[Footnote 91: [Greek: Ariston].] This word answers to the Latin prandium, a meal taken in the early part of the day. We cannot here render it "dinner."]

[Footnote 92: I have translated this passage as I think that the drift of the narrative requires. Krueger refers [Greek: spendoito] to Clearchus, and thinks that by [Greek: autois tois andrasi] are meant the Persian deputies. Some critics suppose that by those words the men who were to get provisions are intended. To me nothing seems consistent with the context but to refer [Greek: spendoito] to the king, and to understand by [Greek: autois tois andrasi] the messengers from the Greeks.]

[Footnote 93: [Greek: Ton epitedeion].] Scil. [Greek: paiesthai], poenae idoneum, poenu dignum. Kuehner.]

[Footnote 94: [Greek: Proselambane].] Manum operi admovebat. Kuehner.]

[Footnote 95: [Greek: Ton enkephalon].] Literally "the brain." Dulcis medulla earum [palmarum] in cacumine, quod cerebrum appellant. Plin. H. N. xiii. 4. See also Theophr. ii. 8; Galen. de Fac. simpl. Medic. iv. 15. It is generally interpreted medulla, "marrow" or "pith," but it is in reality a sort of bud at the top of the palm-tree, containing the last tender leaves, with flowers, and continuing in that state two years before it unfolds the flower; as appears from Boryd. St. Vincent Itiner. t. i. p. 223, vers. Germ., who gives his information on the authority of Du Petit Thouars. The French call it choux; the Germans, Kohl, Schneider. "By modern travellers it is called the cabbage of the palm; it 'is composed' (says Sir Joseph Banks) 'of the rudiments of the future leaves of the palm-tree, enveloped in the bases or footstalks of the actual leaves; which enclose them as a tight box or trunk would do.' It forms a mass of convolutions, exquisitely beautiful and delicate; and wonderful to appearance, when unfolded. It is also exceedingly delicate to the taste. Xenophon has justly remarked that the trees from whence it was taken withered." Rennell's Illustrations of the Exp. of Cyrus, p. 118.]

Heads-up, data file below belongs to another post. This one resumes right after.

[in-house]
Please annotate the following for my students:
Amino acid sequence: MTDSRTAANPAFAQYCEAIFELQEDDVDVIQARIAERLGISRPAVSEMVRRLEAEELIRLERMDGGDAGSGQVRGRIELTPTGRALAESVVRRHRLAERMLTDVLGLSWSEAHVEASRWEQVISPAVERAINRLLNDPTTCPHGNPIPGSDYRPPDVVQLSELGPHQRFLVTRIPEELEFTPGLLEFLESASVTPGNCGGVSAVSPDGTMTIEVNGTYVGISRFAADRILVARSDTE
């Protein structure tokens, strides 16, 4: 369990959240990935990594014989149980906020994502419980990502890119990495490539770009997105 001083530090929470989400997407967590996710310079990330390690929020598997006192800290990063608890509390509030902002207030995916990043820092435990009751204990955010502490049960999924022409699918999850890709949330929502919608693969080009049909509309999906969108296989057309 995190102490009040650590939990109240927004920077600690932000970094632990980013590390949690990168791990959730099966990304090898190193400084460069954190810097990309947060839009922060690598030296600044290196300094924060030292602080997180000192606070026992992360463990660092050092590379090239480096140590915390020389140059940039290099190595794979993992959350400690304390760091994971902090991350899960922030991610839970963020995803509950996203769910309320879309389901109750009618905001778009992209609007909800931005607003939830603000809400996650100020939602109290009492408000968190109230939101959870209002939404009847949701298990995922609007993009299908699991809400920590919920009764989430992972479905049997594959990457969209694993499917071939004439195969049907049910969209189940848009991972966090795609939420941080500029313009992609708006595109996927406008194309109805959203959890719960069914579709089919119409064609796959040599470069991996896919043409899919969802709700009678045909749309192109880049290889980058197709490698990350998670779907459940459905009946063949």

The Greeks conceive distrust both of Tissaphernes and Ariaeus, and resolve to march apart from the Persians. They commence their march under the guidance of Tissaphernes, pass the wall of Media, and cross the Tigris.

1. After these occurrences, the Greeks and Ariaeus, encamping near each other, waited for Tissaphernes more than twenty days;[96] in the course of which there came to visit Ariaeus both his brothers and other relations, and certain other Persians, to see his companions, and gave them encouraging hopes; some too were the bearers of assurances[97] from the king, that he would not remember to their disadvantage their expedition against him under Cyrus, or anything else that was past. 2. On these things taking place, the followers of Ariaeus evidently began to pay the Greeks less attention; so that, on this account, they rendered most of the Greeks dissatisfied with them; and many of them, going to Clearchus and the other generals, said, 3. "Why do we remain here? are we not aware that the king would wish above all things to destroy us, in order that a dread of going to war with the Great Monarch may fall upon the rest of the Greeks? For the present, he craftily protracts our stay, because his forces are dispersed; but, when his army is re-assembled, it is not possible but that he will attack us. 4. Perhaps, too, he is digging some trench, or building some wall, that the way may be rendered impassable; for he will never consent, at least willingly, that we should go back to Greece, and relate how so small a number as we are have defeated the king at his own gates, and returned after setting him at nought."